Airwave Kiteboarding Alma 6m 2023 Kitesurfing Review

Airwave Kiteboarding Alma 6m 2023

Reviews / Kites

Airwave Kiteboarding 271

At A Glance

The Airwave Alma is a new generation of hybrid foil kites and the outcome of the ongoing collaboration between Airwave designer Tom Lolies and multiple kitefoil world champion Maxime Nocher. Its design is radically different from what we're used to seeing on the water. It is a super lightweight hybrid foil kite (only the leading edge half of the kite has ram air inflated cells, while the trailing edge half is a single skin of bridle supported material). Where the Alma differs from the few competitor hybrid foil kites on the market is the inclusion of five closed cell inflatable struts, which are full chord length and distributed across the arc of the kite.

The natural material savings of the hybrid foil design, in combination with the super simple bridle arrangement, result in a very lightweight product. I've used plenty of traction kites in my days of teaching kitesurfing lessons, but never have I gotten a kite out of the bag to go riding on the water that has weighed 1.18 kg!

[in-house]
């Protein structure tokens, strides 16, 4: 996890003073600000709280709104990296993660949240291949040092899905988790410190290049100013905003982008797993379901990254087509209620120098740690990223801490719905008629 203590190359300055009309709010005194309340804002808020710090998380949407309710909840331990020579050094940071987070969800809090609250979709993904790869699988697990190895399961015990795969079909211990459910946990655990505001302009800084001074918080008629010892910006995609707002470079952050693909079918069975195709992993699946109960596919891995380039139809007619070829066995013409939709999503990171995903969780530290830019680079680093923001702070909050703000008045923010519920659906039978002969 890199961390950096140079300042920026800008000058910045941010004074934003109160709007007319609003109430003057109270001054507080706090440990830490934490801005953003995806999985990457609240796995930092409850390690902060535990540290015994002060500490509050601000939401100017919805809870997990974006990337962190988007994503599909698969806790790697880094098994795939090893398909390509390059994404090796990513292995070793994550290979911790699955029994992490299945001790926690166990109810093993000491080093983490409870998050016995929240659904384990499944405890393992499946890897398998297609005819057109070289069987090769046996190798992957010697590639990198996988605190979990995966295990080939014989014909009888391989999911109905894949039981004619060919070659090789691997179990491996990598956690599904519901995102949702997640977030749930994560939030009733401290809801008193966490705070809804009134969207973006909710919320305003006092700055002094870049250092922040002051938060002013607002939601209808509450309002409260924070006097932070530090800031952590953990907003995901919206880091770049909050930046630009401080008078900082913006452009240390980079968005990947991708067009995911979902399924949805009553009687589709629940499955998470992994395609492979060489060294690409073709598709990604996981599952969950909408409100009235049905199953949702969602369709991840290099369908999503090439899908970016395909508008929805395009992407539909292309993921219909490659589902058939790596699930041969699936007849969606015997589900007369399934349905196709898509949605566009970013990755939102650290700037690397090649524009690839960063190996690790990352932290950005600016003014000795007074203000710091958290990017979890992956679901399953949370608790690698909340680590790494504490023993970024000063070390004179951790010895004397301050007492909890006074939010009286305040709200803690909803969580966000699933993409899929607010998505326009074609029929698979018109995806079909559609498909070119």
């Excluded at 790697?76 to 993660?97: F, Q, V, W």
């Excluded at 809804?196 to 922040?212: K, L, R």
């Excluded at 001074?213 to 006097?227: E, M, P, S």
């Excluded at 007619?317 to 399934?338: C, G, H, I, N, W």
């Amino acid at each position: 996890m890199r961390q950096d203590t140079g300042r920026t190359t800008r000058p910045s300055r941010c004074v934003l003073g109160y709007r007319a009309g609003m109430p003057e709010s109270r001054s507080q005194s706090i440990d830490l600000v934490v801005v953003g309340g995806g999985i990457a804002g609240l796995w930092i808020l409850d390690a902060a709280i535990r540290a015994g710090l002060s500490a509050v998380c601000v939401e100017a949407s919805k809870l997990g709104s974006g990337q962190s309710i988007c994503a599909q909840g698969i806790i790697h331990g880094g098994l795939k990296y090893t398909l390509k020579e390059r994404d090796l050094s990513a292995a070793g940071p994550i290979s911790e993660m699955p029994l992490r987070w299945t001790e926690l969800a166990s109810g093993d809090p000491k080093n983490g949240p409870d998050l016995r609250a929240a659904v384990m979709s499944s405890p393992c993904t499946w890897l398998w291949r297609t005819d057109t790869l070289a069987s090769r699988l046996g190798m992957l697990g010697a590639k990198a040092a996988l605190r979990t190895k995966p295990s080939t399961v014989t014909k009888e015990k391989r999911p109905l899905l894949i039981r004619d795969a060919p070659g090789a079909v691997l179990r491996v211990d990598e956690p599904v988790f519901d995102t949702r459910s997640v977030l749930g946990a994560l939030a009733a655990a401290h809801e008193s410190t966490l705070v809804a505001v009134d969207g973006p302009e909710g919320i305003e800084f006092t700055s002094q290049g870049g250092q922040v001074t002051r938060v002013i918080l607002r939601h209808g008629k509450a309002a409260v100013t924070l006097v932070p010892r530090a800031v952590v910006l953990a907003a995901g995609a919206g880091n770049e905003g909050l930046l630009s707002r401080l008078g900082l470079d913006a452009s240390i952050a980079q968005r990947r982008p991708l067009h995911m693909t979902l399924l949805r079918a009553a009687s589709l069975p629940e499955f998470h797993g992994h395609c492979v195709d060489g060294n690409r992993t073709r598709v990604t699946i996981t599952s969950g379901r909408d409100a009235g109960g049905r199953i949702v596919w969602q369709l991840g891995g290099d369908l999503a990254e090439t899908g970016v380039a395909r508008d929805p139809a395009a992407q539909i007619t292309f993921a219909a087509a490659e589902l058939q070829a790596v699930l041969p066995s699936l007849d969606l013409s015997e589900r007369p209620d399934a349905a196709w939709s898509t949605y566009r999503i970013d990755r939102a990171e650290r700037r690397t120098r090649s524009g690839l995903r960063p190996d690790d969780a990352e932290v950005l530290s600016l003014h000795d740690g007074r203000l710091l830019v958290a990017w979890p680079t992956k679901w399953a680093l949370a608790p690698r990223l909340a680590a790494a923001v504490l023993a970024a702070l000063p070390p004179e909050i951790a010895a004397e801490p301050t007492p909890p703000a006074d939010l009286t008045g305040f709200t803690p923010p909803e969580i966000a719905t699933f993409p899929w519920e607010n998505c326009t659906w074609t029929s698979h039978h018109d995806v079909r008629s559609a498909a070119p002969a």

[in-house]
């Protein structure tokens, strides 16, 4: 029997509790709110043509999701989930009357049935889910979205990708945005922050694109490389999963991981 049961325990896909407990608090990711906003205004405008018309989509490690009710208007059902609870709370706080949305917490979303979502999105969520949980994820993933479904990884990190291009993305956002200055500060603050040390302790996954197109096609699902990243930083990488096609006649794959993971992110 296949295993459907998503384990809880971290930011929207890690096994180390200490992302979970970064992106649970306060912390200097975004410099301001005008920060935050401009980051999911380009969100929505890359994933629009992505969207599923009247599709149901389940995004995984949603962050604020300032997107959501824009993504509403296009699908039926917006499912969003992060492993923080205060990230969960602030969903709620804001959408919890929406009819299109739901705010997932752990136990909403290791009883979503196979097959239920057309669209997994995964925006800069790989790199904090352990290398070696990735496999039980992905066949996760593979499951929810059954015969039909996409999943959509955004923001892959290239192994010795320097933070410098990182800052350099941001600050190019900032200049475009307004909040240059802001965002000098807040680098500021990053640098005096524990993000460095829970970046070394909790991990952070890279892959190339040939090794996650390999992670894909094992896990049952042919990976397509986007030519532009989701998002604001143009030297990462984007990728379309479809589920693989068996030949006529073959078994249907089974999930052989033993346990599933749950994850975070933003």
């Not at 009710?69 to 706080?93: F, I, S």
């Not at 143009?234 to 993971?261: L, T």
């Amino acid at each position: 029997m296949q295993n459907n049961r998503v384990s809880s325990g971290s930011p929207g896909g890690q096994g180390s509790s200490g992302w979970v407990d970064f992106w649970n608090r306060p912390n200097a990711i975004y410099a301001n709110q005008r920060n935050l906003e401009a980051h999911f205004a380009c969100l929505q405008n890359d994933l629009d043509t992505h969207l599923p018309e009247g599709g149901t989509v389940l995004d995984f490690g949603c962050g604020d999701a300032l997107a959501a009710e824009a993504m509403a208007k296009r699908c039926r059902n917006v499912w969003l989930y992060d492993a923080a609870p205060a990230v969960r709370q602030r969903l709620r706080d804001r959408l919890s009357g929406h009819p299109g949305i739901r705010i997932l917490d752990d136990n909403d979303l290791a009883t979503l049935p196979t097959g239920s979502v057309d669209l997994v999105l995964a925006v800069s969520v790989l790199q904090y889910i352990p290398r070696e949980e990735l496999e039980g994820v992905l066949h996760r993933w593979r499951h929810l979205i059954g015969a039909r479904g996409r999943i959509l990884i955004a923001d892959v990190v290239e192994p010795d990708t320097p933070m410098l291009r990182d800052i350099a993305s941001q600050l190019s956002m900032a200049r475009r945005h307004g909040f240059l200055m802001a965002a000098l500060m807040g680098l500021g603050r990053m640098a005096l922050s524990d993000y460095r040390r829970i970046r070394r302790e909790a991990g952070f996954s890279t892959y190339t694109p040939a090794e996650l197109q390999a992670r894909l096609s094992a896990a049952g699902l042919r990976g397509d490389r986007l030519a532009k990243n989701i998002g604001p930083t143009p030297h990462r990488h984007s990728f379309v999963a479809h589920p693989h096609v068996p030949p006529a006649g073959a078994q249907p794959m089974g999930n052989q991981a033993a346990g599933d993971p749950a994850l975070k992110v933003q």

Thanks to the minimalistic bridle configuration, there wasn't an excessive quantity of bridle line, so rigging the Alma was painless. The cells inflated quickly once the Alma was in the air, given the reduced volume to fill, and it sat ultra-stable and ready to go.

Sizes: 4m, 6m, 8m, 10m, 12m

In The Air